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History Lesson: Rockstar's first masterpiece, Grand Theft Auto III

The game that put the 'GTA' in 'GTA clone'

If you desperately wanted to exaggerate the impact of GTA III on the gaming landscape, you'd have to claim that it came out before Pong and invented wires. Not much else would do it.

One of the first, most complete, most staggeringly confident 3D open worlds, it inspired a whole sub-genre of 'GTA clones'. And 12 years on, you can play it on your phone. Progress is scary.

Obviously, GTA III had predecessors: well-liked but unassuming top-down runarounds from series kingpins DMA Design (rebranded Rockstar North soon after GTA III), not far removed in design document form but criminal underworlds apart in execution.

Core themes such as surviving in a dog-eat-dog world by scuttling between predatory gangs were laid out back in the first Grand Theft Auto on PC and PlayStation - as were the licentious hotbeds of Liberty City, Vice City and San Andreas, and their infectious local radio stations.

Then, during experiments with Criterion's RenderWare 3D engine, DMA hit on a strange backstreet alchemy that would make its last big hit Lemmings look like a game about a bunch of flaky halfwits walking into walls. Other open urban worlds such as Shenmue had come before, but aggravated crime and sandbox gameplay turned out to be a match made in hotwiring heaven.

Buzz for a new Grand Theft Auto game was slow to build in those days, before the series' solid gold track record. Hard to believe now, looking back at 2001's bestselling game with 15-million sales notched up across the globe.

GTA III was a revolution in what came to be slightly wankily known as emergent gameplay: a game largely steered by the player, full of vivid characters and passers-by with their own lives and one-liners, yet bold enough to leave its anti-hero nameless (until his retroactive tagging as Claude in GTA: San Andreas).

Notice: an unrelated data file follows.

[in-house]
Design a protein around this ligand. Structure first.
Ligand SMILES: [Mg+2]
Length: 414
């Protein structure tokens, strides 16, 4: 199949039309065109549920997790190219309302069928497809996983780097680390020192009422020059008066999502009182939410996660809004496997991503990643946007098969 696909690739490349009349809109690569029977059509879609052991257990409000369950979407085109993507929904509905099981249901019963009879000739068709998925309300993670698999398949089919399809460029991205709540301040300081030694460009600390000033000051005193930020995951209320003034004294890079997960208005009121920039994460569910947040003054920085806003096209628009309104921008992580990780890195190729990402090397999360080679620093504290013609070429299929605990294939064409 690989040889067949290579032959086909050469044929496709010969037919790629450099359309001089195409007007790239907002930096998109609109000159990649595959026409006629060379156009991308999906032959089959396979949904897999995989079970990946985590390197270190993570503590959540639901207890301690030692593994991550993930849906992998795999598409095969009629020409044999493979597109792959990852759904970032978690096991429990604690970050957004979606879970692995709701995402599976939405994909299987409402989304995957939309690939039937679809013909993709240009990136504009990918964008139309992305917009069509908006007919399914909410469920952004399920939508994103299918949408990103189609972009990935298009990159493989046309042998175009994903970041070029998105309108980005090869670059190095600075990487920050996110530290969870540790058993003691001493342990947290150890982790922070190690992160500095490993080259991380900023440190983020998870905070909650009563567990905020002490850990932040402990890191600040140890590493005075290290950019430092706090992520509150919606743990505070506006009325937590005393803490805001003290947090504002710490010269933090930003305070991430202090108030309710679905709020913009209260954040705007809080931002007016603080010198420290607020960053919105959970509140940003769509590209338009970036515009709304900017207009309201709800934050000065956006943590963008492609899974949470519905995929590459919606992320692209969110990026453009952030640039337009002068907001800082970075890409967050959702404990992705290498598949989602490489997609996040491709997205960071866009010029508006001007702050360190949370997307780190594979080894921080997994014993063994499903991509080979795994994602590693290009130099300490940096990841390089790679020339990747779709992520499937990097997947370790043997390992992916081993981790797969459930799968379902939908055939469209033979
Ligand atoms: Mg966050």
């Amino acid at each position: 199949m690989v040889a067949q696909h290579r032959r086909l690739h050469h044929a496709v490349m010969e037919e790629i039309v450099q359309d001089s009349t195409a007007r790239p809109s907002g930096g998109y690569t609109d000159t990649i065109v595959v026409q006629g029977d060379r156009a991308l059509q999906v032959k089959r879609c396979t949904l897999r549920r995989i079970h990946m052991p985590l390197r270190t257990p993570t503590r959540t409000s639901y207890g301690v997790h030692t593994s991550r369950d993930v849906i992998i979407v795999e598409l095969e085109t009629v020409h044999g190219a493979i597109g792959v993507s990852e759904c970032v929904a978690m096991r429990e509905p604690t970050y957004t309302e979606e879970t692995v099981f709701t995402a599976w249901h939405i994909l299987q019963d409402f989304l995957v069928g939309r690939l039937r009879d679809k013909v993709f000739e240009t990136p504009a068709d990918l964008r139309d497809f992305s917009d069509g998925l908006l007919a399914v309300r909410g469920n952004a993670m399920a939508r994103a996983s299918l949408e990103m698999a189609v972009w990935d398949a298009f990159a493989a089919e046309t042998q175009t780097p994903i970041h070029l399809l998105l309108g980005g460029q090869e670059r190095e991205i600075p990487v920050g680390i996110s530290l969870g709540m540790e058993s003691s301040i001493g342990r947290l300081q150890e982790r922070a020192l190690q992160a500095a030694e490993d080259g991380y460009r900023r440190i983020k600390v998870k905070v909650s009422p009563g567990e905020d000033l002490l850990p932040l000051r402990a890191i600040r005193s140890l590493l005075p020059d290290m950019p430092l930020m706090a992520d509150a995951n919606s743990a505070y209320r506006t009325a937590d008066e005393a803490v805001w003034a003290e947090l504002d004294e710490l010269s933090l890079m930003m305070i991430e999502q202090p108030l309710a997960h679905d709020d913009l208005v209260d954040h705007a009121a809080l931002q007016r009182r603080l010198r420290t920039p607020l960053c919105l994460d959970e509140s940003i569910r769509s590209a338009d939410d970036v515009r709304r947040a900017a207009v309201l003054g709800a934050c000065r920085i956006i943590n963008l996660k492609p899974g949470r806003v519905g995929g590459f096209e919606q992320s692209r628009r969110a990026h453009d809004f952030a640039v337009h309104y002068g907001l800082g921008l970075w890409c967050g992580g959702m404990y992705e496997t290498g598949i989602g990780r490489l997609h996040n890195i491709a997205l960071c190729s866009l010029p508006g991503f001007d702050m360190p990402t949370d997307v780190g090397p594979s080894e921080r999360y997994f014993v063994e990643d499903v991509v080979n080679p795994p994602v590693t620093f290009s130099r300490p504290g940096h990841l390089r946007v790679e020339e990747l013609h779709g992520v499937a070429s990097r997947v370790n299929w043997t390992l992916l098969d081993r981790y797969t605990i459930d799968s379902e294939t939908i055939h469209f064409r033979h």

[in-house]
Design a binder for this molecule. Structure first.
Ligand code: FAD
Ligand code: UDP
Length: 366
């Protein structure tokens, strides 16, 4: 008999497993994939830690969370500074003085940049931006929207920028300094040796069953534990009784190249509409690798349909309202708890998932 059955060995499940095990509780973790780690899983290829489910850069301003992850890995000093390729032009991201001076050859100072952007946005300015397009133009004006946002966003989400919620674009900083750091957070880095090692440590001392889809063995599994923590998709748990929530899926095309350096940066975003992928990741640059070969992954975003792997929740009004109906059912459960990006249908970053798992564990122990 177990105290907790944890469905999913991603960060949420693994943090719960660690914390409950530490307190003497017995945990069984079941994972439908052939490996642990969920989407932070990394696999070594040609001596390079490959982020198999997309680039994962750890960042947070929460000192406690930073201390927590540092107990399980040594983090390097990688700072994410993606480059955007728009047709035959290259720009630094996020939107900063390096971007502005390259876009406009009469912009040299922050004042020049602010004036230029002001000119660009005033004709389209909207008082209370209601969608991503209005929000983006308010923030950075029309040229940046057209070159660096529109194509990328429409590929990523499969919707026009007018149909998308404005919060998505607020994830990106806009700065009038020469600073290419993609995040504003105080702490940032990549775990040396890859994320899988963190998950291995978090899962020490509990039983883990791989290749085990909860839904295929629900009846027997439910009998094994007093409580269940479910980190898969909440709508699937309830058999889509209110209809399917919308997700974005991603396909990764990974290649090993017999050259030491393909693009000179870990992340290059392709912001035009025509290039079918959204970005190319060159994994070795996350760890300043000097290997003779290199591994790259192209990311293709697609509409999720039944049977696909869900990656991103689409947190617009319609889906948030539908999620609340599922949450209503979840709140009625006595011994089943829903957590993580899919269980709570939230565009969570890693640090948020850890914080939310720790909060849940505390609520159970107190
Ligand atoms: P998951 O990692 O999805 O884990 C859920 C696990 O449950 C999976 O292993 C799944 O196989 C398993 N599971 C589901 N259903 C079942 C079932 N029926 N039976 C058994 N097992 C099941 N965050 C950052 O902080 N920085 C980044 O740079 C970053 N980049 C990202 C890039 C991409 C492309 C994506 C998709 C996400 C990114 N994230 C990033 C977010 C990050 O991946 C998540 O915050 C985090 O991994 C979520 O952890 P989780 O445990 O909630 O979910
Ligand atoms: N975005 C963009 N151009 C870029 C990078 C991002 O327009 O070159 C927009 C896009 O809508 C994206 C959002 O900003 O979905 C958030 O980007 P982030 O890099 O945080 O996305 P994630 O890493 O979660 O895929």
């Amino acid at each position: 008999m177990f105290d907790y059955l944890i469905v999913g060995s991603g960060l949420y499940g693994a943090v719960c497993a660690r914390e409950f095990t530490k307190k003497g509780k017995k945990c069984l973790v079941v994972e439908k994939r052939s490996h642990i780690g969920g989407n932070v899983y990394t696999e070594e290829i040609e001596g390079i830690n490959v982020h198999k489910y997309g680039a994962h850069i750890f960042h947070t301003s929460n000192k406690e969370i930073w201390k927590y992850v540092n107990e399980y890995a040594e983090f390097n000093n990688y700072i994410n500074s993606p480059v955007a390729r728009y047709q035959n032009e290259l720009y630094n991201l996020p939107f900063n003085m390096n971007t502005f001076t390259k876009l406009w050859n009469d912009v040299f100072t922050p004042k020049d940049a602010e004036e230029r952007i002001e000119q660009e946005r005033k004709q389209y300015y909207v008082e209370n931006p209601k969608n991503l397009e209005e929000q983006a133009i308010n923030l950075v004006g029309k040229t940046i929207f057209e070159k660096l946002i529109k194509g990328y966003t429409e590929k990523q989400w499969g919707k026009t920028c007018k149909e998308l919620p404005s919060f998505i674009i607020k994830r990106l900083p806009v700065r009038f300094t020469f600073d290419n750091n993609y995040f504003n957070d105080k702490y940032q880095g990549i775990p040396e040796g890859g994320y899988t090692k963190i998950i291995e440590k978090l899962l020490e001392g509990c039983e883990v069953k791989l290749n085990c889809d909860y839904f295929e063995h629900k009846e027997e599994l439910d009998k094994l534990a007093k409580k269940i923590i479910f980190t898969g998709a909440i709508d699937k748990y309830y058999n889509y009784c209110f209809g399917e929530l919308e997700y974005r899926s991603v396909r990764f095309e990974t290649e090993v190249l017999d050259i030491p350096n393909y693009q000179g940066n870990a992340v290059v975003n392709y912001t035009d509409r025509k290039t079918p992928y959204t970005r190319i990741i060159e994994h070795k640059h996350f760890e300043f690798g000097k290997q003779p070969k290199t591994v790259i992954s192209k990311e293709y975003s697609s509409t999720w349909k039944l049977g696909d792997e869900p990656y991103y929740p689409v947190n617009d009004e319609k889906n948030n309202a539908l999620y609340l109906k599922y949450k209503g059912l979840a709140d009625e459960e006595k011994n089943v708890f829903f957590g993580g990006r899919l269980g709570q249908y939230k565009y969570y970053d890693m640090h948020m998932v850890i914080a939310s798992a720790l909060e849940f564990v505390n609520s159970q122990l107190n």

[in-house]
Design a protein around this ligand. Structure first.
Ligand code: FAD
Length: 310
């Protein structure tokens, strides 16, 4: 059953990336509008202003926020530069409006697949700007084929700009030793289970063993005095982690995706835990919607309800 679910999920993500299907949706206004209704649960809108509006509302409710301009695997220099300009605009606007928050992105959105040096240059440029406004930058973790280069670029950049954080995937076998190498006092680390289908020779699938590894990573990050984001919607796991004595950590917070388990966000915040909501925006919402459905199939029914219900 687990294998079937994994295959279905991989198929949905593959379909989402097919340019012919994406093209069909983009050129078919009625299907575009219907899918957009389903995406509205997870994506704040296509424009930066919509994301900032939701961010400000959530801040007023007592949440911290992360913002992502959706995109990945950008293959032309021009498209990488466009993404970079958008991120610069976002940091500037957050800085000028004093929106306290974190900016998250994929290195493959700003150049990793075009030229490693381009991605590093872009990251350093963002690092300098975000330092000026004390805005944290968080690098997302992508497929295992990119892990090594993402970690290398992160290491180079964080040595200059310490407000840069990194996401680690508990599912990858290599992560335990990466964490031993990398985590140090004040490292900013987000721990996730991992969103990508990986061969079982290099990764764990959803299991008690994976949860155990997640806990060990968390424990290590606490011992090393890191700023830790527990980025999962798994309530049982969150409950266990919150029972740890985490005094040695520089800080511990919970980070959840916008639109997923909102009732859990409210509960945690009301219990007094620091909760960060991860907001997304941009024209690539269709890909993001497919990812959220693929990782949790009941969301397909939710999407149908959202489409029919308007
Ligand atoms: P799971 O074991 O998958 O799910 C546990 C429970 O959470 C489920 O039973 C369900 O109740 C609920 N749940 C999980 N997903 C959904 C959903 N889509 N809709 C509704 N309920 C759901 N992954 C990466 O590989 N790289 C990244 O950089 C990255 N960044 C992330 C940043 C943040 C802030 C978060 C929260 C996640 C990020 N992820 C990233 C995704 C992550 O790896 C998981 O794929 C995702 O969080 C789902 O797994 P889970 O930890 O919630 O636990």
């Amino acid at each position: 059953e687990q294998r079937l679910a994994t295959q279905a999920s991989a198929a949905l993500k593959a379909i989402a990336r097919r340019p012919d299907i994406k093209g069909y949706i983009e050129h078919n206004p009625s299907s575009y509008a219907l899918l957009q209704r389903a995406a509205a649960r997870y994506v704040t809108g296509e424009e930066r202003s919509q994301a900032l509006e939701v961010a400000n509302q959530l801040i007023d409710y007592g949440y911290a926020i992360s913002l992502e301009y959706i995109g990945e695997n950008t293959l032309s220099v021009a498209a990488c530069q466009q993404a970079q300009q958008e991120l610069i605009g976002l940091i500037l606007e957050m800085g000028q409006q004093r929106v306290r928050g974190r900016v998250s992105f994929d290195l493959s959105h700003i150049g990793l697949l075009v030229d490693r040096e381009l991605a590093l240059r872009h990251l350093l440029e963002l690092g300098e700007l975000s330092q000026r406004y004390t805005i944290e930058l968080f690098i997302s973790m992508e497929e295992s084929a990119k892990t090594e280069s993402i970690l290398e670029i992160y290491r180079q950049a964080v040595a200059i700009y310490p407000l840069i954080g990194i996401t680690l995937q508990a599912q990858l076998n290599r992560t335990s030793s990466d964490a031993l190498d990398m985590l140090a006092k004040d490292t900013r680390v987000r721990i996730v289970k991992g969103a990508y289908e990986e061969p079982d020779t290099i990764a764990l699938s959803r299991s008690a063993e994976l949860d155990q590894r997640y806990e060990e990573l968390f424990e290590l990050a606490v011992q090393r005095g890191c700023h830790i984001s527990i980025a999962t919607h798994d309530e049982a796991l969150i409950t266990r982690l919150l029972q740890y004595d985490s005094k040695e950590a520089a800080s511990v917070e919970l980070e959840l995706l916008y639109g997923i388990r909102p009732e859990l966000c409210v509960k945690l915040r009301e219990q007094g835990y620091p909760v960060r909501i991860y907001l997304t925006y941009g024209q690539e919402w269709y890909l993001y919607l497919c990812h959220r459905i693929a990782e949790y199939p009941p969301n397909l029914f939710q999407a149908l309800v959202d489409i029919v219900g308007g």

Gallery: Last year's iOS and Android re-release

It was also a game that courted controversy - banned and then censored in Australia, GTA III was blamed for 96% of society's ills by politicians, its buyers monitored like mobsters themselves by the Wal-Mart do-gooder brigade. Mind you, it did allow you to throw Molotovs at the cops and kick an endless parade of random people to death. Nobody said you should, but you could.

An aftershock of tribute acts followed the release of GTA III. True Crime, The Getaway, Mafia, Driv3r, Saints Row, even The Simpsons: Hit & Run. But Rockstar was already way out in front, neck-deep in the dark art of making it all bigger, bolder, badder. By the time we'd vamoosed to Vice City and swung through San Andreas while waiting for a next-gen numbered GTA, the revolutionary aspects of the third game had been diluted a little by time and iteration.

But its place in the annals of gaming and the hearts of bowled-over cynics on the scene in 2001 is assured, its spot in Most Influential lists a lifetime no-brainer. Proving that nobody knows the great cities and crime sagas of America better than those lads and lasses up in, er... Scotland.

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